Do The Classic Ad Books Still Matter?

Confessions of An Advertising Man by David Ogilvy.

Even though David Ogilvy worked as a researcher before founding his agency, Confessions of an Advertising Man, relies much more on his opinions than on observable data. Of course Ogilvy, not a person hobbled by excessive modesty, thought his opinion was far more authoritative than mere facts.

Like Claude Hopkins and Rosser Reeves, Ogilvy was a copywriter (and, like Reeves, an agency head). And also like Hopkins and Reeves, he wrote his book as a publicity and sales tool for his agency and himself. Like them, he included long lists of rules for effective advertising. Some are wonderfully self-serving--such as advising clients to "Make sure your agency makes a profit."

But, self-serving or not, Ogilvy's rules for being a good client and for creating a great campaign are as valid today as they were when Confessions of an Advertising Man was published in 1963. Here are the lists without the pages of explanation each got in the book (with a little amplification when the meaning isn't immediately clear):

How To Be A Good Client:

1. Emancipate your agency from fear.
2. Select the right agency in the first place.
3. Brief your agency very thoroughly indeed.
4. Do not compete with your agency in the creative area.
5. Coddle the goose who lays the golden egg. (provide enough time and resources to do the job well.)
6. Don't strain your advertising through too many layers.
7. Make sure your agency makes a profit.
8. Don't haggle with your agency.
9. Be candid and encourage candor.
10. Set high standards.
11. Test everything.
12. Hurry. (Profit is a function of time.)
13. Don't waste time on problem babies (Back your successes and abandon your losses.)
14. Tolerate genius.
15. Don't under spend. (The surest way to overspend on advertising is not to spend enough to do the job properly.)

How To Build Great Campaigns:

1. What you say is more important than how you say it.
2. Unless your campaign is built around a great idea, it will flop.
3. Give the facts. (The consumer isn't a moron; she is your wife. You insult her intelligence if you assume that a mere slogan and a few vapid adjectives will persuade her to buy anything.)
4. You cannot bore people into buying.
5. Be well-mannered, but don't clown. (You should try to charm the consumer into buying.)
6. Make your advertising contemporary.
7. Committees can criticize advertisements, but they cannot write them.
8. If you are lucky enough to write a good advertisement, repeat it until it stops pulling.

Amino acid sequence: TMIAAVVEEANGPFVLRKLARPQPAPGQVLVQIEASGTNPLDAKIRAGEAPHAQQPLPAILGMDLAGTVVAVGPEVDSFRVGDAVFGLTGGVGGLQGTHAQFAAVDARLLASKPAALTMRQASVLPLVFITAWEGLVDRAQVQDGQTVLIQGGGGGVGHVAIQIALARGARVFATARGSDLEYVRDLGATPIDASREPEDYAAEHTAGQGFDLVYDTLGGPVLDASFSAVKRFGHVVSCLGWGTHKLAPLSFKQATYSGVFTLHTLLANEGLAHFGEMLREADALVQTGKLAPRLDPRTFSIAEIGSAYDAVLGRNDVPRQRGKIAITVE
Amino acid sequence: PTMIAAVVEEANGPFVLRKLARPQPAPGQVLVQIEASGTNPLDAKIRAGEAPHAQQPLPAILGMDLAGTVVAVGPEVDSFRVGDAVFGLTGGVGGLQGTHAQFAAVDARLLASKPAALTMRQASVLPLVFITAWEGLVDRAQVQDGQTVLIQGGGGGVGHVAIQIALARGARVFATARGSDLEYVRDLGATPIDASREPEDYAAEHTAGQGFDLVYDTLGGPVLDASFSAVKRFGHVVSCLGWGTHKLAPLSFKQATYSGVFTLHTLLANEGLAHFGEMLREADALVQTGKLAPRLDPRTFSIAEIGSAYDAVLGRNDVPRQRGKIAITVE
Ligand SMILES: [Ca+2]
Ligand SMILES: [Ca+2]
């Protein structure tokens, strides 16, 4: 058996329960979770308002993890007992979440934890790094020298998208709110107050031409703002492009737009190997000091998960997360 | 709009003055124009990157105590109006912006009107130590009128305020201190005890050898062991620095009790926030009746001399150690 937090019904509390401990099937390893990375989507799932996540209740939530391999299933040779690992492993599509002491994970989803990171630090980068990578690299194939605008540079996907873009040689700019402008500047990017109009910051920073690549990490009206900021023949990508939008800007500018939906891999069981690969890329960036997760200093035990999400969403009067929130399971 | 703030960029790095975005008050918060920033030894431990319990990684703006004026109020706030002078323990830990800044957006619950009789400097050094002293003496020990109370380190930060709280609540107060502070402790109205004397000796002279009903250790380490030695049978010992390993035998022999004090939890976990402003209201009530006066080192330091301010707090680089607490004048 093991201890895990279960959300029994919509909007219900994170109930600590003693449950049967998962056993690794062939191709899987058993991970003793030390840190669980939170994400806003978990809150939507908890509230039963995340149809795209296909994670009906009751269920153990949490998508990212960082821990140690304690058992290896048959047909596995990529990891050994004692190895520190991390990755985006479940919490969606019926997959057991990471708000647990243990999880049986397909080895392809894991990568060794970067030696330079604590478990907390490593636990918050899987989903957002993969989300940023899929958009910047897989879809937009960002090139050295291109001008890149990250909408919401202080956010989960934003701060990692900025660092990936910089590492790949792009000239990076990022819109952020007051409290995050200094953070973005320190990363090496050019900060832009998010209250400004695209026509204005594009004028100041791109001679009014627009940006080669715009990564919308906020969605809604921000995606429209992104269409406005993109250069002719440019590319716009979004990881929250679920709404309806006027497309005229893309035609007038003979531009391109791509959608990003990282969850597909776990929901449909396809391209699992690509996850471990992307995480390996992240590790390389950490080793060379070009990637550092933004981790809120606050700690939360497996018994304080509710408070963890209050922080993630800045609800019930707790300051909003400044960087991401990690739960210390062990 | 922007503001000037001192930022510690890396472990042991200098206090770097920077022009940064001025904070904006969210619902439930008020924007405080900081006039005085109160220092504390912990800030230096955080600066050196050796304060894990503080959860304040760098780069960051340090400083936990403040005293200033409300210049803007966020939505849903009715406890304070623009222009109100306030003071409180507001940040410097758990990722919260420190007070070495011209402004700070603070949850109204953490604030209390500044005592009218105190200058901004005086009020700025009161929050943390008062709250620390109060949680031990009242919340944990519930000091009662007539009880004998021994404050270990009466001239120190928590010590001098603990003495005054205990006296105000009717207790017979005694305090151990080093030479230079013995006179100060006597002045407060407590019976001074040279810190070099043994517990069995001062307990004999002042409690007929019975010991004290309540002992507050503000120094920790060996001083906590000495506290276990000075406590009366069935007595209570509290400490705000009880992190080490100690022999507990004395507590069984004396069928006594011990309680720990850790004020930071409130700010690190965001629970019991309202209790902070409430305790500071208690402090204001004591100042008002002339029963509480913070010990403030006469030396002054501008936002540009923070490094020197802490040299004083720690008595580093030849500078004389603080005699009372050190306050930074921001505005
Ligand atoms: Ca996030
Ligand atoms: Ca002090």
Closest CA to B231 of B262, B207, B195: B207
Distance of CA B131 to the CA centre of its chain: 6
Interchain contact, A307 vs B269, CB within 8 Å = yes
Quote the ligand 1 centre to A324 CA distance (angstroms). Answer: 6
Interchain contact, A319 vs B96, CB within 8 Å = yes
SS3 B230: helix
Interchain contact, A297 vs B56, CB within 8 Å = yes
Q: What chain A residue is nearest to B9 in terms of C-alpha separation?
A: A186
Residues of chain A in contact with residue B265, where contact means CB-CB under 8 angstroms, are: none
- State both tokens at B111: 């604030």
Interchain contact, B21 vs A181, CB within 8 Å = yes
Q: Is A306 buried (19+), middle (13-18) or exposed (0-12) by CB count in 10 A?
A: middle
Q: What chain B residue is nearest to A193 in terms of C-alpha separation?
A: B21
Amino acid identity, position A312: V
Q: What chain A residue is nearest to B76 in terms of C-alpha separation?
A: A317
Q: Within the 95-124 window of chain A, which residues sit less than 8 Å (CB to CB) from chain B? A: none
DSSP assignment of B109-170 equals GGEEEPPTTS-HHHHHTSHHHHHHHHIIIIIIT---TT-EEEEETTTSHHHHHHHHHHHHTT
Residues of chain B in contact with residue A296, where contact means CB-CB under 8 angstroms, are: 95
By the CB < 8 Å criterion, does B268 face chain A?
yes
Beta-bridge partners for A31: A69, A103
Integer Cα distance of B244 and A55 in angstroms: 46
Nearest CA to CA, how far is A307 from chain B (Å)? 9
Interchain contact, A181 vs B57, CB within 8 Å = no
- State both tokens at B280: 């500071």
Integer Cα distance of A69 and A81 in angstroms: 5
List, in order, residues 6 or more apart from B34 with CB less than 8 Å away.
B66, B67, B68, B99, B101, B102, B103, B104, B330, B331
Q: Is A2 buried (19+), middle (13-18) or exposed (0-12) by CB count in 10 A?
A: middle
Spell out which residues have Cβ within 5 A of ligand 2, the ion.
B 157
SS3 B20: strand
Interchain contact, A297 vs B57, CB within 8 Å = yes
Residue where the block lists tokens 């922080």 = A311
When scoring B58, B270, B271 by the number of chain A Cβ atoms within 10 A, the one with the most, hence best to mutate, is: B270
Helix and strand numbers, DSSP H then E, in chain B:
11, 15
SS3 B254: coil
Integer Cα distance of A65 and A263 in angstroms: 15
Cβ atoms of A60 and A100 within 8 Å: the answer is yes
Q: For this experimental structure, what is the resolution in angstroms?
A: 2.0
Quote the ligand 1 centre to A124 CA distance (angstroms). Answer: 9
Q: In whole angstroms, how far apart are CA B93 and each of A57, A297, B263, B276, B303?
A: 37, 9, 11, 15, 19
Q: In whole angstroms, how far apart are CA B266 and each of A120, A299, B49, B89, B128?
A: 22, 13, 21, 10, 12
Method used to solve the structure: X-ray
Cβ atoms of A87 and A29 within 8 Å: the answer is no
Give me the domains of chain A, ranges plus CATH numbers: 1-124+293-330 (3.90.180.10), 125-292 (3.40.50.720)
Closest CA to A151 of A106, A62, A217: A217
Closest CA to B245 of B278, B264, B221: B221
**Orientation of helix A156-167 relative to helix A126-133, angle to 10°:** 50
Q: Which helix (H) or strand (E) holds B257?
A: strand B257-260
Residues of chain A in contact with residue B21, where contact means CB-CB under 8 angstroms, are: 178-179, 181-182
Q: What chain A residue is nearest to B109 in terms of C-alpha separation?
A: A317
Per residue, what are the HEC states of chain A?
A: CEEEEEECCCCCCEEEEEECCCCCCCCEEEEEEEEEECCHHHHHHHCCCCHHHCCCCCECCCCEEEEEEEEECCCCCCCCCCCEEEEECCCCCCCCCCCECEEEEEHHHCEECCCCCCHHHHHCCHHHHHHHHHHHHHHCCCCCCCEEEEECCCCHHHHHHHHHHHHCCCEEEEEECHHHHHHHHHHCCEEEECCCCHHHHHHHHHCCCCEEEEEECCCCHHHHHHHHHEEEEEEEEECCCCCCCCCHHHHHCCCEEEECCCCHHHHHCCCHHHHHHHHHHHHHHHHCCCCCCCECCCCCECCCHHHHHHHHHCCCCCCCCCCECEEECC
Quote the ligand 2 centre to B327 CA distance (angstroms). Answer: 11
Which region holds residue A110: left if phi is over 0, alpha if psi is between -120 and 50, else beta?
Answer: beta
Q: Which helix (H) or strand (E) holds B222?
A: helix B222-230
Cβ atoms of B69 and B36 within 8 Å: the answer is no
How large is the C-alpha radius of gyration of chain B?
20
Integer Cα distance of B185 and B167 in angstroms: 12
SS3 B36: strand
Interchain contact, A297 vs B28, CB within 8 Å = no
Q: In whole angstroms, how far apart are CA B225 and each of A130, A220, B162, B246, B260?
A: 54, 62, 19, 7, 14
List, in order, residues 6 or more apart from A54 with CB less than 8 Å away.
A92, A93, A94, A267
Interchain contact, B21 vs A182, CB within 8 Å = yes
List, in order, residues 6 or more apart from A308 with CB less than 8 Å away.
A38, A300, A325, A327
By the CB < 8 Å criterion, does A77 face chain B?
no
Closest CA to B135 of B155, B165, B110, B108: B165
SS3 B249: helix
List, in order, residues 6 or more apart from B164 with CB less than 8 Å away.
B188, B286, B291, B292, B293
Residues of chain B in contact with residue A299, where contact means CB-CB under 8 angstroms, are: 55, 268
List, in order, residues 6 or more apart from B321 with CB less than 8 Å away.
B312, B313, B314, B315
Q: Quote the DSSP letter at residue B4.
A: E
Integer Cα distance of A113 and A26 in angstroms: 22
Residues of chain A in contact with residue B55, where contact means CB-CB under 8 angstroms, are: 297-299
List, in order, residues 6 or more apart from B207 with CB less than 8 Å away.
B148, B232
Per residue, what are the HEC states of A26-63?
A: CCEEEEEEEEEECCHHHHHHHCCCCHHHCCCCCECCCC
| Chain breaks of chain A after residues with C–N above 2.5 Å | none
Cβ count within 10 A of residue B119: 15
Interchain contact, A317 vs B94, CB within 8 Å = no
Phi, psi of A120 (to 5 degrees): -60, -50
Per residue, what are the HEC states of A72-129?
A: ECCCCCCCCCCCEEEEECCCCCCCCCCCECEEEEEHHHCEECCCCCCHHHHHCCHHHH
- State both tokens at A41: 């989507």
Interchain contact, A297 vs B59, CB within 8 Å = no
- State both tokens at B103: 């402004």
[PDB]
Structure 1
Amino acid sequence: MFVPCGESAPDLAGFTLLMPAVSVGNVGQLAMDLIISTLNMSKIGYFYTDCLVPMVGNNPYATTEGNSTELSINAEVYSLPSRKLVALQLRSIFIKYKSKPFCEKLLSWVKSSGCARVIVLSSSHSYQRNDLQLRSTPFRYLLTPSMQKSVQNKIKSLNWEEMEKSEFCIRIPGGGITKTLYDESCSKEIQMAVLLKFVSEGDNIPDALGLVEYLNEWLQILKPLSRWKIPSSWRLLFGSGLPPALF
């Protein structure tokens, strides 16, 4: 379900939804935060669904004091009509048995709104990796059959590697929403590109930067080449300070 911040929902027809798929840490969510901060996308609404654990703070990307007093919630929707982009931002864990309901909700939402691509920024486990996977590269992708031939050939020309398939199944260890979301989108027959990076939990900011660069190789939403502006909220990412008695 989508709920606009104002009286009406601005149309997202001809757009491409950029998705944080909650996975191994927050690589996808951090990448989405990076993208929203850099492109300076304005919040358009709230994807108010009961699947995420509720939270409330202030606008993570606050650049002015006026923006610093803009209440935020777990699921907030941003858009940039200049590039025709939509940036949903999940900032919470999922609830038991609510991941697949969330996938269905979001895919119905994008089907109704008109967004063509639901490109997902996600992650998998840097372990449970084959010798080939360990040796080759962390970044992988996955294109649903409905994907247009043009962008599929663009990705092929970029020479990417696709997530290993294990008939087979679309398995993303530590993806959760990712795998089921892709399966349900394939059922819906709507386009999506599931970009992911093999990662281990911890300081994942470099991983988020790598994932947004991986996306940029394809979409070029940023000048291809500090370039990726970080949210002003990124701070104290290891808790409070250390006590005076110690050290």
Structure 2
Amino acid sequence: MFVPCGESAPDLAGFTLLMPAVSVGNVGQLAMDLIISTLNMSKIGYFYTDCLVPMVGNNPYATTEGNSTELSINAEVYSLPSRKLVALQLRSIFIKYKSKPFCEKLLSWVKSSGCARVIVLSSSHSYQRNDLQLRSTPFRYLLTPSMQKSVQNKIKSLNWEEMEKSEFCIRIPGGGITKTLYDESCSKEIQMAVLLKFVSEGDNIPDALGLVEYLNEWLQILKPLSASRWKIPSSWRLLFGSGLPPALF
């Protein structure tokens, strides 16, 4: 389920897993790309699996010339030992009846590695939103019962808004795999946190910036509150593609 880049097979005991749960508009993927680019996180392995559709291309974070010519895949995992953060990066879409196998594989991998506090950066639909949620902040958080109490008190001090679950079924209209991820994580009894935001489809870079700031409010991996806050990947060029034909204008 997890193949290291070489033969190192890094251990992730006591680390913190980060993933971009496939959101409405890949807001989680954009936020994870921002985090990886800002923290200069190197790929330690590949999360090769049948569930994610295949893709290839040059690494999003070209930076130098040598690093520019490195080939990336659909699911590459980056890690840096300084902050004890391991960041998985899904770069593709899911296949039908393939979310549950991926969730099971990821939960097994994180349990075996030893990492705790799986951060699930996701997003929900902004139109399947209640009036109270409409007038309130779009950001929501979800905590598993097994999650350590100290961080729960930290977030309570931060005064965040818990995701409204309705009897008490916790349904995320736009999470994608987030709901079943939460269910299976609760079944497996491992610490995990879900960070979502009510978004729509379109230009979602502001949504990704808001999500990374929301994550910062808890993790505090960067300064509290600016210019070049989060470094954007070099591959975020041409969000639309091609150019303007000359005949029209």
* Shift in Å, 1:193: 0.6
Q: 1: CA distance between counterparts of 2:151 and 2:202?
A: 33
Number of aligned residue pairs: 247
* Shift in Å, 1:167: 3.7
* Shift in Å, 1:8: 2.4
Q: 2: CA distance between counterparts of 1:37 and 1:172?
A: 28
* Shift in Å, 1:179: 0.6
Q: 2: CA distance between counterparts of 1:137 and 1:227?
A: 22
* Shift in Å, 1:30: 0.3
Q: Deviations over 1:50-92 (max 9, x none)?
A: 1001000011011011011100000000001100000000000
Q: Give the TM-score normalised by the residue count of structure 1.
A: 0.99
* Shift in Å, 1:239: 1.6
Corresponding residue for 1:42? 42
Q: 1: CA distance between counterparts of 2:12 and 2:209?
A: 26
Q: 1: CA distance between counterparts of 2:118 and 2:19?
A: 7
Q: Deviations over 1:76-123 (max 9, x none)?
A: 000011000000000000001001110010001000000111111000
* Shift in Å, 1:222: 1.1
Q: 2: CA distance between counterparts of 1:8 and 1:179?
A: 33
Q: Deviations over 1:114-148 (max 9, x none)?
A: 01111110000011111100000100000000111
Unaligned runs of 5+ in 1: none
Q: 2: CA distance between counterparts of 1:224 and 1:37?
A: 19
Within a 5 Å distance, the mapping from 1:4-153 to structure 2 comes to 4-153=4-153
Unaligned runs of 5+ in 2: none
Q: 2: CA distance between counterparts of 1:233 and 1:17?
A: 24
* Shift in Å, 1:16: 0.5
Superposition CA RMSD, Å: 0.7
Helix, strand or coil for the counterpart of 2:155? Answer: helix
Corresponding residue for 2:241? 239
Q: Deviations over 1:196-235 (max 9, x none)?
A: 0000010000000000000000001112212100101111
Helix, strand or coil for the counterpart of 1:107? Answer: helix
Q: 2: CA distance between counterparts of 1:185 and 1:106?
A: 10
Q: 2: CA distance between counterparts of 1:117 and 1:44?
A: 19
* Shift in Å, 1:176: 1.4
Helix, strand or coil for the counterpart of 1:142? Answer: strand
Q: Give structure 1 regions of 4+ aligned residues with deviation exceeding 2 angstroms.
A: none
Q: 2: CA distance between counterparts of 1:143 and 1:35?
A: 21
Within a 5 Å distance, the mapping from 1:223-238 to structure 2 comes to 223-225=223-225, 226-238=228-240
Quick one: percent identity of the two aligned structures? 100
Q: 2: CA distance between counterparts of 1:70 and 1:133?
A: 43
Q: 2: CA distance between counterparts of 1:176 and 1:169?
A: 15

9. Never write an advertisement which you wouldn't want your own family to read.
10. The image and the brand. (Every advertisement should be thought of as a contribution to the complex symbol which is the brand image.)
11. Don't be a copy-cat.

Ogilvy's rules on specific techniques for crafting ads and commercials have had mixed success at surviving the passage of the forty-six years since Confessions of an Advertising Man was published.

Some still work:

1, Every headline should appeal to the reader's self-interest.
2. Five times as many people read the headline as read the body copy.
3. Don't be a bore. Tell the truth, but make the truth fascinating.
4, Readership falls off rapidly up to fifty words of copy, but drops off very little between fifty and 500 words.
5. Twice as many people read captions as read body copy.
6. If you start your body copy with a large initial letter [Note: what we call a drop cap today] you will increase your readership by an average of 13%.
7. Photographs sell more than drawings.

Some don't:

1. When you advertise in magazines and newspapers, you must start by attracting the reader's attention. But in television the viewer is already attending [paying attention]. (We wish.)
2. Always try to inject news into your headlines, because the consumer is always on the lookout for new products, or new ways to use an old product, or new improvements in an old product. (Not is this era of information overload and surfeit of choices.)
3. Resist the temptation to write the kind of copy which wins awards. (Bob Isherwood, worldwide creative director of Saatchi & Saatchi, commissioned research which showed that award-winning advertising is significantly more effective than the dull stuff.)
4. Good copywriters have always resisted the temptation to entertain. (One look at the awareness numbers of Super Bowl commercials makes it clear that entertainment value and awareness/preference track very closely today.)
5. [In television advertising] Words and pictures must march together, reinforcing each other. (Today pictures are frequently used to make an emotional connection while words carry a simple sales message.)
6. Don't sing your selling message. (We did a health insurance campaign that increased awareness 600% and revenues 44% by singing the main message.)

All in all, a much more than respectable percentage of the maxims in Confessions of an Advertising Man are still good guides for agencies and clients. And the book is still a good read.